World leaders hold emergency meeting as ‘Russian-made’ missile kills two in Poland


World leaders are gathering for the G20 summit in Bali as NATO member Poland seeks to defuse a possible escalation in the months-Fri war in Ukraine.

The missile landed outside the Polish village of Przewodow, four miles (6.4 km) west of the border with Ukraine, on Tuesday, just as Russia launched its biggest missile attack in more than a month.

The circumstances surrounding the incident, which marked the first direct attack on a NATO country in the nearly nine-month conflict, remain unclear. The Polish Foreign Ministry described it as a Russian-made missile, but did not know who launched it. It is not known where the shots were fired.

Russian and Ukrainian forces have used Russian-made munitions during the conflict, and Ukraine has deployed Russian-made missiles as part of its air defense system.

Speaking to reporters after an emergency meeting of G7 and NATO leaders at the G20 summit in Bali, Indonesia, U.S. President Joe Biden said preliminary information suggested it was unlikely the missile was fired from inside Russia, but he did not. We can’t say for sure until the investigation is over.

“We have agreed to support Poland’s investigation into the explosion … and to find out exactly what happened,” Biden said. “So as we continue to investigate, we will collectively decide our next step.” There is absolute unity among the people around the table,” he added.

Biden said he briefed the leaders in earlier talks with Polish President Andrzej Duda and NATO Secretary General Jens Stoltenberg.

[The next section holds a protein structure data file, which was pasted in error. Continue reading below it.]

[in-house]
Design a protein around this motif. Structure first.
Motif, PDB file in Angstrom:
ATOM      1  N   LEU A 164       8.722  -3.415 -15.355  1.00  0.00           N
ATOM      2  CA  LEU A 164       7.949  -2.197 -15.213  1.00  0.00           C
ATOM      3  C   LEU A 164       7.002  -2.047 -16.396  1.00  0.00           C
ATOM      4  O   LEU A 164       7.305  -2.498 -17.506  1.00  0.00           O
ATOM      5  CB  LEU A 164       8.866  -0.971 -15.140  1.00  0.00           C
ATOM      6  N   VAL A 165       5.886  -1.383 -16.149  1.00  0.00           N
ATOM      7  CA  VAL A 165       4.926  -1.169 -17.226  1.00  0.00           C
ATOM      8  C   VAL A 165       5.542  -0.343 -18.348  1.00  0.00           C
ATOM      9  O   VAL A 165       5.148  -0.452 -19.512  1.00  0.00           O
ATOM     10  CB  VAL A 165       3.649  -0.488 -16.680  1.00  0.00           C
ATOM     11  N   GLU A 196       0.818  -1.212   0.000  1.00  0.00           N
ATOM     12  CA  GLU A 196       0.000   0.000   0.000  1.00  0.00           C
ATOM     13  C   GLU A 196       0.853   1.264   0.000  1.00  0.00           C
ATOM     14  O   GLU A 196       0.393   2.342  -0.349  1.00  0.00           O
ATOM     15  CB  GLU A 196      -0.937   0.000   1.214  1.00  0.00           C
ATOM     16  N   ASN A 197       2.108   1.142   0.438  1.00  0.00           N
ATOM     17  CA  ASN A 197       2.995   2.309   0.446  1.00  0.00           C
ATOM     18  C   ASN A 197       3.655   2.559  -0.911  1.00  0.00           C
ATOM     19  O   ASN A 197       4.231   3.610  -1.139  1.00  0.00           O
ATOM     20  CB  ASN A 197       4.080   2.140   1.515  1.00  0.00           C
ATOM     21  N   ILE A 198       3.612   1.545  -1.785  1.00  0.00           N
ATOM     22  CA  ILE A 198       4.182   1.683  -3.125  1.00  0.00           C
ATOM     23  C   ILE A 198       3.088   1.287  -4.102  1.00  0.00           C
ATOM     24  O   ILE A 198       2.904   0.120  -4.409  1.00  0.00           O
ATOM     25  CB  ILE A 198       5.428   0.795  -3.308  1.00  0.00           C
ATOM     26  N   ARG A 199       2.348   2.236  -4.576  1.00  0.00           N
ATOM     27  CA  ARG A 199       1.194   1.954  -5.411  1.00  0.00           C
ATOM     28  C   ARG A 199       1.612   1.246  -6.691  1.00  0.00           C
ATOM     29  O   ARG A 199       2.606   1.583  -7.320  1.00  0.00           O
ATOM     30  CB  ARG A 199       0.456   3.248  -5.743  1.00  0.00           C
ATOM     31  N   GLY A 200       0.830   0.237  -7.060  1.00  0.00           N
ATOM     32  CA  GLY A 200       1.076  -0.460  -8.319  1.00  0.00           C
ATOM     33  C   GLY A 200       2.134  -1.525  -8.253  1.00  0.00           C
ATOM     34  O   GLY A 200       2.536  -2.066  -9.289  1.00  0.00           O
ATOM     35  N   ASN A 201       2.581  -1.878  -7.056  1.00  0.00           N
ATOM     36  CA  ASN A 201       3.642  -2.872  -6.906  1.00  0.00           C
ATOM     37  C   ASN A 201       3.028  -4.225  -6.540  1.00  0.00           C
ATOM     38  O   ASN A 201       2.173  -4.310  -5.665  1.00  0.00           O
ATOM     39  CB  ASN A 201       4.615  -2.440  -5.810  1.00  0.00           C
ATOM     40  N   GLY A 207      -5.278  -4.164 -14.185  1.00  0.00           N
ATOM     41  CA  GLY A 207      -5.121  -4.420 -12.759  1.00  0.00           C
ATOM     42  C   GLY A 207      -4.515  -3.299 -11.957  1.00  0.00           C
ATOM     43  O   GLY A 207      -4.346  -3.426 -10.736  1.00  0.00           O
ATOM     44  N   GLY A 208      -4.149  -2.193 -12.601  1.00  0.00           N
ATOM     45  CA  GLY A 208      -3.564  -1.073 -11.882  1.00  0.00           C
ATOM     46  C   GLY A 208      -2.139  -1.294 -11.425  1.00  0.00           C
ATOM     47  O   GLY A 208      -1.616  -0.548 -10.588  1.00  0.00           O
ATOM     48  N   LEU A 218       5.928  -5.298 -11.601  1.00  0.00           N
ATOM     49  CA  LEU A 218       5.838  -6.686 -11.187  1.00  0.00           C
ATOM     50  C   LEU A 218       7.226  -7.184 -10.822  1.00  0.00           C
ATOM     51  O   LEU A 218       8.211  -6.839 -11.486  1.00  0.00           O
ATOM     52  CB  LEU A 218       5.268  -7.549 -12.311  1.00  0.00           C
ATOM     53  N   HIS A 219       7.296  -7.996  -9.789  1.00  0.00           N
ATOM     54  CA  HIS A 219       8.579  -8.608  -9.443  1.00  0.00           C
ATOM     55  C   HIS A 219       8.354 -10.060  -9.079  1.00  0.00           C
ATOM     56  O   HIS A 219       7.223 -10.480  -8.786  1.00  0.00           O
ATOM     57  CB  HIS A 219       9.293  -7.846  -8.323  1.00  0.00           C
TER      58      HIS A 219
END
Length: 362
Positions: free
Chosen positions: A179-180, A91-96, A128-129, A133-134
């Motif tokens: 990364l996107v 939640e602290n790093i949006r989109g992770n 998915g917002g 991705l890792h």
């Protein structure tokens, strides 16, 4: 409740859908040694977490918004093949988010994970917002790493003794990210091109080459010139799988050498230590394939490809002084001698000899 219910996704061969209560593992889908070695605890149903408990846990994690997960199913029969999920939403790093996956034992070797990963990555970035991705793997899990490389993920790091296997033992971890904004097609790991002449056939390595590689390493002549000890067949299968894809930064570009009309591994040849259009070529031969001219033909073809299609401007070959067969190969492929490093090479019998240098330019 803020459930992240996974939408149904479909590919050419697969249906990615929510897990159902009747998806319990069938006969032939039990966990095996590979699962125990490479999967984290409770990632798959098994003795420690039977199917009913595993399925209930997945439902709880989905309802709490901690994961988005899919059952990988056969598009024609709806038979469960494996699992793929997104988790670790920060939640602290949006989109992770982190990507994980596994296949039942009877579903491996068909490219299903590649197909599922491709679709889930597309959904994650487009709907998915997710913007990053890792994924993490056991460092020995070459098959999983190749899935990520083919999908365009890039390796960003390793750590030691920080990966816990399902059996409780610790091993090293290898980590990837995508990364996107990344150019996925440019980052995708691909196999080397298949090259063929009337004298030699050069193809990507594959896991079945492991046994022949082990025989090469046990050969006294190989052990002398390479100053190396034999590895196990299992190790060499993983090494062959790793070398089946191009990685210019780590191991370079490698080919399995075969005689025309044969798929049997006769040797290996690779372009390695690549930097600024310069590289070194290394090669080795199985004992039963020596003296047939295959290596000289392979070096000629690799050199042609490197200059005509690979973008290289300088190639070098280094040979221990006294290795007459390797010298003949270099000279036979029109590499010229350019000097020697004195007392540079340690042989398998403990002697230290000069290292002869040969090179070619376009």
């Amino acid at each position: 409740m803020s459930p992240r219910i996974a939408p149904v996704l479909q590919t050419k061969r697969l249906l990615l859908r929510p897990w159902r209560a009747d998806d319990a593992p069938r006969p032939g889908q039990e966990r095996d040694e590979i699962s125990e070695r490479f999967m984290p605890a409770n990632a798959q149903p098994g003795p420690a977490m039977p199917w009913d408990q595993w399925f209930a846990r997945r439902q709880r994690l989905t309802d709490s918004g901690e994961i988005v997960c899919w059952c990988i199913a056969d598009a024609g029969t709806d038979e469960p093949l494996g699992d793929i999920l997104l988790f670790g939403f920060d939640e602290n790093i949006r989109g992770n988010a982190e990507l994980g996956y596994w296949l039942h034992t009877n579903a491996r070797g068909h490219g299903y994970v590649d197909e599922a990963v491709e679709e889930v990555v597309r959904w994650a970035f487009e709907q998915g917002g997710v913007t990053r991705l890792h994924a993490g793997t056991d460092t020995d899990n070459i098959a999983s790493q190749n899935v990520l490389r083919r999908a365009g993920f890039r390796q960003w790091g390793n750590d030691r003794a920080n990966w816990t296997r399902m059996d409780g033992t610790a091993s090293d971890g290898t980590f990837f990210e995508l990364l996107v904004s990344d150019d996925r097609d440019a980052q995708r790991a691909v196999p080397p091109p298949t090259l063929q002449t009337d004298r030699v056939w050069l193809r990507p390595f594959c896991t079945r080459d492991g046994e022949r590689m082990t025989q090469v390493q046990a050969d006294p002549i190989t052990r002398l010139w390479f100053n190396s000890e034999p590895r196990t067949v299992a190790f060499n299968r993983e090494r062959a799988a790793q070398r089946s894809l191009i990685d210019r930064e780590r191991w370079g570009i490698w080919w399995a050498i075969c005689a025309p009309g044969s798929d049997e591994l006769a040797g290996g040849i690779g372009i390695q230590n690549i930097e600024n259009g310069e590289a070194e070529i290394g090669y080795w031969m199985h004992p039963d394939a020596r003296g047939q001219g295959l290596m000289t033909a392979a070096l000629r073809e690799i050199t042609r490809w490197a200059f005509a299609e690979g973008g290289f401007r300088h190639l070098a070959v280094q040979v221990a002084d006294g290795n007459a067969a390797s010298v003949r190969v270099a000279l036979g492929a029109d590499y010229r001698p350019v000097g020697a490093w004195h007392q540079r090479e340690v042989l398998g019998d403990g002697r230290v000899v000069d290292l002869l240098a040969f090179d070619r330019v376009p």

In comments earlier Tuesday, Duda said it was unclear which missile was launched, but noted that it was most likely manufactured in Russia. “We are working calmly and calmly,” Duda said during a speech from the National Security Bureau in Warsaw.

The Kremlin denied that the Russian Defense Ministry was involved in the blast, which was first reported by Polish media, which first reported the deaths, and called it a “deliberate provocation to escalate the situation,” according to a brief statement late Tuesday.

It said photos of the wreckage published by Polish media had nothing to do with Russian weapons at the scene in the village of Przewodow.

Kremlin spokesman Dmitry Peskov told CNN he had no information about the explosion in Poland.

Polish Prime Minister Mateusz Morawiecki said on Tuesday that the missile that landed in Przewodow was a “single act” and that there was no evidence of another missile launch.

But Poland is increasing its military readiness, Morawiecki said, adding that Poland is conducting thorough analysis and negotiations with its allies regarding the use of Article 4 of the NATO treaty. Article 4 allows any member to enter into negotiations with other alliances and states.

Witnesses described the blast as a terrifying “whoosh” as it ripped through the city and shook nearby windows.

Geo-verified by CNN, the video, shot by a local resident, shows a large plume of smoke in the center of the village.

Local media showed images of a crater and an overturned farm vehicle at the site of the blast. Photos could not be independently verified by CNN.

In his speech, Duda said the United States would send experts to investigate the site.

After a phone call with Duda on Tuesday, NATO Secretary-General Jens Stoltenberg said it was “important to get all the facts out.”

“We express our condolences for the loss of life. NATO is monitoring the situation and allies are consulting closely. It is important that all information is disclosed,” Stoltenberg said in a statement.


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